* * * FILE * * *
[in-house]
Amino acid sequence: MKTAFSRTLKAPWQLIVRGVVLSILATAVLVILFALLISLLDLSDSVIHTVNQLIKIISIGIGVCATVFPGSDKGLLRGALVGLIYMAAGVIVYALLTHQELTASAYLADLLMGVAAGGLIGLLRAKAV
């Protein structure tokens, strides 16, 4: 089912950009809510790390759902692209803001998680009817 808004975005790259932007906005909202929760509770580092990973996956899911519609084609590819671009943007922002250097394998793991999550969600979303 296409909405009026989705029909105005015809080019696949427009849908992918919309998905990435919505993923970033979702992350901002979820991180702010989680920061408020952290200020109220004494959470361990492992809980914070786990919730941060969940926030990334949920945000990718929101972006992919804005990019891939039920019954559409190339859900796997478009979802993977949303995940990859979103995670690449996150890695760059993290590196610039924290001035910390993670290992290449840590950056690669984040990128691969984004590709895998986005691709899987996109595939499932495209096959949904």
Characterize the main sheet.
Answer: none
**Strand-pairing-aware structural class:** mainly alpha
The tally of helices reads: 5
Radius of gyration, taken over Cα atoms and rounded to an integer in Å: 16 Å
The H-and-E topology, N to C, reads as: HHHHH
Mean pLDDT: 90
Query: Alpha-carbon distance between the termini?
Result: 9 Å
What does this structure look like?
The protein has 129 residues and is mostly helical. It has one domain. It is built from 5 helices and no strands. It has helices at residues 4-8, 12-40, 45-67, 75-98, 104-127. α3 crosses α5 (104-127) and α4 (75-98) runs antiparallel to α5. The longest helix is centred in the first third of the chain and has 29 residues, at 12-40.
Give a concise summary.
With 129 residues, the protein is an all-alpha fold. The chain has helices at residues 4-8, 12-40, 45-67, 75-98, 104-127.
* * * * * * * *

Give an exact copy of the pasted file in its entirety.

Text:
[in-house]
Amino acid sequence: MKTAFSRTLKAPWQLIVRGVVLSILATAVLVILFALLISLLDLSDSVIHTVNQLIKIISIGIGVCATVFPGSDKGLLRGALVGLIYMAAGVIVYALLTHQELTASAYLADLLMGVAAGGLIGLLRAKAV
């Protein structure tokens, strides 16, 4: 089912950009809510790390759902692209803001998680009817 808004975005790259932007906005909202929760509770580092990973996956899911519609084609590819671009943007922002250097394998793991999550969600979303 296409909405009026989705029909105005015809080019696949427009849908992918919309998905990435919505993923970033979702992350901002979820991180702010989680920061408020952290200020109220004494959470361990492992809980914070786990919730941060969940926030990334949920945000990718929101972006992919804005990019891939039920019954559409190339859900796997478009979802993977949303995940990859979103995670690449996150890695760059993290590196610039924290001035910390993670290992290449840590950056690669984040990128691969984004590709895998986005691709899987996109595939499932495209096959949904």
Characterize the main sheet.
Answer: none
**Strand-pairing-aware structural class:** mainly alpha
The tally of helices reads: 5
Radius of gyration, taken over Cα atoms and rounded to an integer in Å: 16 Å
The H-and-E topology, N to C, reads as: HHHHH
Mean pLDDT: 90
Query: Alpha-carbon distance between the termini?
Result: 9 Å
What does this structure look like?
The protein has 129 residues and is mostly helical. It has one domain. It is built from 5 helices and no strands. It has helices at residues 4-8, 12-40, 45-67, 75-98, 104-127. α3 crosses α5 (104-127) and α4 (75-98) runs antiparallel to α5. The longest helix is centred in the first third of the chain and has 29 residues, at 12-40.
Give a concise summary.
With 129 residues, the protein is an all-alpha fold. The chain has helices at residues 4-8, 12-40, 45-67, 75-98, 104-127.